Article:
'Dumbbell' Virtual Team Management

When do virtual meeting suffice and when are in-person meetings essential. The answer looks something like the shape of a dumbbell.

Graduate students and health professionals enrolled in our course in bioentrepreneurship at the Jabs Center for Entrepreneurship at the University of Colorado are required to break up into project teams the first week of class. The group project team assignment is to pick a biomedical or clinical innovation opportunity, and on the last day of class, give a 20-minute presentation describing 1) their proposed solution, 2) a commercial or rollout feasibility assessment, 3) a risk evaluation and mitigation strategy, and 4) whether they want to kill the idea and why or further develop it and move to next steps. Over the next 15 weeks, we provide them with information they will need to apply to completing the assignment.

Generally, half of the students are “biomedical science and engineering geeks” and other half are business students. Most are working adults so, for the most part, teams have to function virtually. Many seem to struggle not only with overcoming the dysfunctions of creative teams, but also tele-working.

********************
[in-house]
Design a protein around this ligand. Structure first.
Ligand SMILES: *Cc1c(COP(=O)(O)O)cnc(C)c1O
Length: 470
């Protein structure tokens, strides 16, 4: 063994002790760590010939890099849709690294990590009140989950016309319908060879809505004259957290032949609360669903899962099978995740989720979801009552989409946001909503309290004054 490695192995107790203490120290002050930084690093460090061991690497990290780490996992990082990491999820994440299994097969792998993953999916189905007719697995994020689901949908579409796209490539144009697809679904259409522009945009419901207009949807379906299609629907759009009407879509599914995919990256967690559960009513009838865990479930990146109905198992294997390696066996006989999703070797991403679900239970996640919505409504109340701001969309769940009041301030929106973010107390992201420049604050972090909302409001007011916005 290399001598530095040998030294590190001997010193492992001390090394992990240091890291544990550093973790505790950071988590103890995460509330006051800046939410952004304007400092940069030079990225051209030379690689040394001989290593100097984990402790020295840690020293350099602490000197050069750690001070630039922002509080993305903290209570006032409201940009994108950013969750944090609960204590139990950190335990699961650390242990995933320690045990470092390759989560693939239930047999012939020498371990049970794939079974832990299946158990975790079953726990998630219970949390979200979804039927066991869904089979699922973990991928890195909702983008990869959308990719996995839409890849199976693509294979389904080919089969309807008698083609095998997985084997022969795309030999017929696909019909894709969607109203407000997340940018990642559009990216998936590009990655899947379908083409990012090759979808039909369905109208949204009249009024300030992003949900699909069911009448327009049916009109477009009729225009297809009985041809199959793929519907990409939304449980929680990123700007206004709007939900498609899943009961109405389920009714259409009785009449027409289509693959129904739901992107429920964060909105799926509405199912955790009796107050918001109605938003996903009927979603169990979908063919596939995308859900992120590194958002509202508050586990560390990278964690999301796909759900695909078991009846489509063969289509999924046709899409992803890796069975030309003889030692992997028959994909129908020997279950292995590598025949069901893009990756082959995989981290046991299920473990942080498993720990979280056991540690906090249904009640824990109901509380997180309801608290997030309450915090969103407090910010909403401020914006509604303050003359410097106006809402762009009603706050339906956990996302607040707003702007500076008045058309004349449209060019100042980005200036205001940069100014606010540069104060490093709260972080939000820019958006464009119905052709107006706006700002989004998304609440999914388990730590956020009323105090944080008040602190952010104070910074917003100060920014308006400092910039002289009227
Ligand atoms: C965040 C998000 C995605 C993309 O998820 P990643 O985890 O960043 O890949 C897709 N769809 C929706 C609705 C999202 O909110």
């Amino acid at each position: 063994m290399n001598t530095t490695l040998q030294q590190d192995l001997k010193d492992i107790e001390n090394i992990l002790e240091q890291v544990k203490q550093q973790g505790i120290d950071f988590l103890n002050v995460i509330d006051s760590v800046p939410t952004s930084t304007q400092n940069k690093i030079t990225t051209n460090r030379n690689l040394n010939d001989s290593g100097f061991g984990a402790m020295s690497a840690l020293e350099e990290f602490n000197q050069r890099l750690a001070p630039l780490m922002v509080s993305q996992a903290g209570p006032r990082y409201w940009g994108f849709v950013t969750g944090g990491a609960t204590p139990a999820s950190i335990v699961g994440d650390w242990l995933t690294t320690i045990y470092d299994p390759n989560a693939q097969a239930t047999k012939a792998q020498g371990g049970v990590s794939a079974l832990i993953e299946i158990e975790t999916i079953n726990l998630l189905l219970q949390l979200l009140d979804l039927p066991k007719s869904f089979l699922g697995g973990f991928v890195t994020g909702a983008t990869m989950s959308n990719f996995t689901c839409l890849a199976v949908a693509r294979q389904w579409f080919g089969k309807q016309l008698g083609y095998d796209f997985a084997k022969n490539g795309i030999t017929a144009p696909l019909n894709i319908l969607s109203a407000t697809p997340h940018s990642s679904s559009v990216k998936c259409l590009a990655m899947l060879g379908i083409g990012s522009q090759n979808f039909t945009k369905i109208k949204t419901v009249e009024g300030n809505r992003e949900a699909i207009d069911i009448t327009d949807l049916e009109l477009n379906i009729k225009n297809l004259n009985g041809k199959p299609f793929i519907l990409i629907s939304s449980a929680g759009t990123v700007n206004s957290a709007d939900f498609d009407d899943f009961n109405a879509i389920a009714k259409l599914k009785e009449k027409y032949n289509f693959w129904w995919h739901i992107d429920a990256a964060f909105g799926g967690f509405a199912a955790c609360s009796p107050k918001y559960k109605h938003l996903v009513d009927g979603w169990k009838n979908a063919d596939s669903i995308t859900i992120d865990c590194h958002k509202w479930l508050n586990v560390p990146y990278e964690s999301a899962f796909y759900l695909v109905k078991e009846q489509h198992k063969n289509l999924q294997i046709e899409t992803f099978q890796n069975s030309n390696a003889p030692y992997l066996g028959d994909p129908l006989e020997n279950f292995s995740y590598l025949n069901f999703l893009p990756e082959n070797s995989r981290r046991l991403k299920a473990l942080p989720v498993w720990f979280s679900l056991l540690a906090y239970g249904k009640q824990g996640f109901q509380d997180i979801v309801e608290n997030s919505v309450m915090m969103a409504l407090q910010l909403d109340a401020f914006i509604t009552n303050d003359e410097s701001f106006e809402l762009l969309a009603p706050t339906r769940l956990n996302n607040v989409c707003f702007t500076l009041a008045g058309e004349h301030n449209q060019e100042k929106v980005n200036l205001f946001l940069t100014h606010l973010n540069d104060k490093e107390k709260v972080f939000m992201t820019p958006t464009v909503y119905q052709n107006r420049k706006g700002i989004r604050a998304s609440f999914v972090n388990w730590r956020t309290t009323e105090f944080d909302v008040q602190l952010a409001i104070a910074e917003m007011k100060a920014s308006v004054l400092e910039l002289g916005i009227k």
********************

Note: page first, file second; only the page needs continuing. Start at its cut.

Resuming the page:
The productivity of workers who work from home versus those who work face-to-face in a traditional office setting seems to depend on the tasks. More rote or “robotic” work lends itself to a tele-setting. More creative, collaborative, or problem-solving work requires face time.

Students frequently comment that they could not have met the deadlines if they did not meet face to face, particularly in the early planning, creative, and decision-making phases, and at the end when they needed to tie up the loose ends and package the deliverable. I call it the “dumbbell model.”

We are challenging students to not only internalize the knowledge, skills and attitudes they will need to get an idea to patients, but also the soft skills, like virtual team-building, that employers tell us they want from our graduates. Whether they use this training once they get a job remains to be seen. When it comes to telecommuting, employers tell us one thing but do another.